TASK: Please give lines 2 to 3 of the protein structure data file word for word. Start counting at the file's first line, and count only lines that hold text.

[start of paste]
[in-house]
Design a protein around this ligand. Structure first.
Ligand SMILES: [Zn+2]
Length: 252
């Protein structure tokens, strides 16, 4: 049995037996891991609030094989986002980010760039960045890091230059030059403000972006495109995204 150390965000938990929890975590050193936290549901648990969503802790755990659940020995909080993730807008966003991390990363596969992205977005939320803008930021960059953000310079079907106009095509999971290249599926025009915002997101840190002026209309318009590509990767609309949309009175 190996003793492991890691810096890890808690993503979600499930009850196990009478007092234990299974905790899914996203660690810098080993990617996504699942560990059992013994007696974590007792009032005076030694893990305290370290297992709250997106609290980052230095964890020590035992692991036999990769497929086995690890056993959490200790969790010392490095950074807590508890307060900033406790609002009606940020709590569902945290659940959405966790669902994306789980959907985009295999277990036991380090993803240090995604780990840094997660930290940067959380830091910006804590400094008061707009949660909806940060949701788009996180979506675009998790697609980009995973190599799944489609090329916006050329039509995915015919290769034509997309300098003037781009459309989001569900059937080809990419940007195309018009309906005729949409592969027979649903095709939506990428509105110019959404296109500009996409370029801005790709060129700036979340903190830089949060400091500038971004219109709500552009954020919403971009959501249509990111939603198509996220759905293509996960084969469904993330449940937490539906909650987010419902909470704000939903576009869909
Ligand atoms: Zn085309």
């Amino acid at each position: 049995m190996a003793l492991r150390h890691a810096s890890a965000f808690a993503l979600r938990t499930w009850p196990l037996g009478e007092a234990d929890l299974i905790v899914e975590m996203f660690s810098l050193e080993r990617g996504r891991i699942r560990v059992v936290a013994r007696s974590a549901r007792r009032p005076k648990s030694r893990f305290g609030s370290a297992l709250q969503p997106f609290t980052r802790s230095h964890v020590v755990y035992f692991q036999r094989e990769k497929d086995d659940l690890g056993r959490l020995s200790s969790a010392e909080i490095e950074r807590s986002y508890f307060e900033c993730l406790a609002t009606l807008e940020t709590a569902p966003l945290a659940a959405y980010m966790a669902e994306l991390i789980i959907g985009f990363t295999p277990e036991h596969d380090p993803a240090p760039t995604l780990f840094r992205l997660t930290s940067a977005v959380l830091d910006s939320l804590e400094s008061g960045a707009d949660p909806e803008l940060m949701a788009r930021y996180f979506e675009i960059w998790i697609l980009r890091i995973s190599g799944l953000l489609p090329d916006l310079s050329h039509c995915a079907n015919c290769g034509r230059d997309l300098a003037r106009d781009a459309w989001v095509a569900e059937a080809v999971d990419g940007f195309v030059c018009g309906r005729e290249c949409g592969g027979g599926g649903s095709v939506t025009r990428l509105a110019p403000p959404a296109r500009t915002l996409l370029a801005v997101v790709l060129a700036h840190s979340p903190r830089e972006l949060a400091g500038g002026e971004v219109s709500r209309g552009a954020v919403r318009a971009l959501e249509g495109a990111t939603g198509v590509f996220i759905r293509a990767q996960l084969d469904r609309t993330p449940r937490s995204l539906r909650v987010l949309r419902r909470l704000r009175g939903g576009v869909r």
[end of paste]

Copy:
Design a protein around this ligand. Structure first.
Ligand SMILES: [Zn+2]